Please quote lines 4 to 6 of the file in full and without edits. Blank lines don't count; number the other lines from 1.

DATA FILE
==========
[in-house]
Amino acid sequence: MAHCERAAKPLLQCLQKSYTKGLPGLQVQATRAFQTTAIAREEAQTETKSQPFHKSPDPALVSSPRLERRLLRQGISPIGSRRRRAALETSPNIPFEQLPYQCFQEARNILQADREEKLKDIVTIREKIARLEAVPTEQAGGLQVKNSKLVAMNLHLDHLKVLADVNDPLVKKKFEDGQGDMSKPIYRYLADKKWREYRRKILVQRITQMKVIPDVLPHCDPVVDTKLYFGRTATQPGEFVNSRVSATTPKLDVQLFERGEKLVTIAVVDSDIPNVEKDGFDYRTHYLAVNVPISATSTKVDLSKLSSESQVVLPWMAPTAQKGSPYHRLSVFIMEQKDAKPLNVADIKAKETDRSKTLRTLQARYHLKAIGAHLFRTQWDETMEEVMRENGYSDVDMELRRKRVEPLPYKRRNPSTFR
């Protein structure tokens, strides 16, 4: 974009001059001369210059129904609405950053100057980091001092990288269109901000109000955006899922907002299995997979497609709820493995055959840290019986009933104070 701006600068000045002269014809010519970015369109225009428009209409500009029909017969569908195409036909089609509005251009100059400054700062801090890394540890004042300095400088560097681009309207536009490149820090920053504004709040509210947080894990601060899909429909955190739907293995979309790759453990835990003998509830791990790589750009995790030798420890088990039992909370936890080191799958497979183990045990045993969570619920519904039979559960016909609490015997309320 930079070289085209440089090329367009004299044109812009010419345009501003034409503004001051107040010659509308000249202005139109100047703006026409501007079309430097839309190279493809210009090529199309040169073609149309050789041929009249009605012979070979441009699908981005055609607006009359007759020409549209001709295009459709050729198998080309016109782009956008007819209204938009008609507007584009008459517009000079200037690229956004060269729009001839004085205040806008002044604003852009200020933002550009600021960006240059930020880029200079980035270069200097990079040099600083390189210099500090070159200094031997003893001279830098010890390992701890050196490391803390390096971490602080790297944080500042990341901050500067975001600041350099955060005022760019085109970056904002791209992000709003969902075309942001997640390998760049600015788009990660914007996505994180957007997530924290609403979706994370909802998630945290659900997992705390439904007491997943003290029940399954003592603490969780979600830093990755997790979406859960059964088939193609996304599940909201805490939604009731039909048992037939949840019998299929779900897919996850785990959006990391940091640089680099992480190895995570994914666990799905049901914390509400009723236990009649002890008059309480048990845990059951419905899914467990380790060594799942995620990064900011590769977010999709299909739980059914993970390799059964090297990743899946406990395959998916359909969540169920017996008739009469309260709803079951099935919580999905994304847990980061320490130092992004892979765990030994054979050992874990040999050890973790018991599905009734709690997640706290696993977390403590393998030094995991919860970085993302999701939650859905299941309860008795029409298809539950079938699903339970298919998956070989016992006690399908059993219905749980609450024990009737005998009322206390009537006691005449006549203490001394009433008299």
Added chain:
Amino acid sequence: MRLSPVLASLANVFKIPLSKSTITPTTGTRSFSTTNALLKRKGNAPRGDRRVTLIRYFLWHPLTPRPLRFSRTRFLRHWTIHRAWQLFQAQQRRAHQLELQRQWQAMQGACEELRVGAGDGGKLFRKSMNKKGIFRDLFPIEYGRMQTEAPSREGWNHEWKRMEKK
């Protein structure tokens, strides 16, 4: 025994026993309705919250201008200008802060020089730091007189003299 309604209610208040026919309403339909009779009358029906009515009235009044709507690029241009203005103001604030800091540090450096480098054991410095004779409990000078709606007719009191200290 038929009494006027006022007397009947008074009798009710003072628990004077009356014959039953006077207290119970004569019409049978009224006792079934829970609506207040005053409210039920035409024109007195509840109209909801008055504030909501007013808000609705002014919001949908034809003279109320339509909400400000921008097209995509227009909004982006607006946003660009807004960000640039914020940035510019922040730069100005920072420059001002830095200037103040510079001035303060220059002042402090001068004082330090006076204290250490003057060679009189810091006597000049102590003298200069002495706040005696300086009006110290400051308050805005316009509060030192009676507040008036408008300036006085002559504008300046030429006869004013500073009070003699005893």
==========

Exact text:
Added chain:
Amino acid sequence: MRLSPVLASLANVFKIPLSKSTITPTTGTRSFSTTNALLKRKGNAPRGDRRVTLIRYFLWHPLTPRPLRFSRTRFLRHWTIHRAWQLFQAQQRRAHQLELQRQWQAMQGACEELRVGAGDGGKLFRKSMNKKGIFRDLFPIEYGRMQTEAPSREGWNHEWKRMEKK
């Protein structure tokens, strides 16, 4: 025994026993309705919250201008200008802060020089730091007189003299 309604209610208040026919309403339909009779009358029906009515009235009044709507690029241009203005103001604030800091540090450096480098054991410095004779409990000078709606007719009191200290 038929009494006027006022007397009947008074009798009710003072628990004077009356014959039953006077207290119970004569019409049978009224006792079934829970609506207040005053409210039920035409024109007195509840109209909801008055504030909501007013808000609705002014919001949908034809003279109320339509909400400000921008097209995509227009909004982006607006946003660009807004960000640039914020940035510019922040730069100005920072420059001002830095200037103040510079001035303060220059002042402090001068004082330090006076204290250490003057060679009189810091006597000049102590003298200069002495706040005696300086009006110290400051308050805005316009509060030192009676507040008036408008300036006085002559504008300046030429006869004013500073009070003699005893």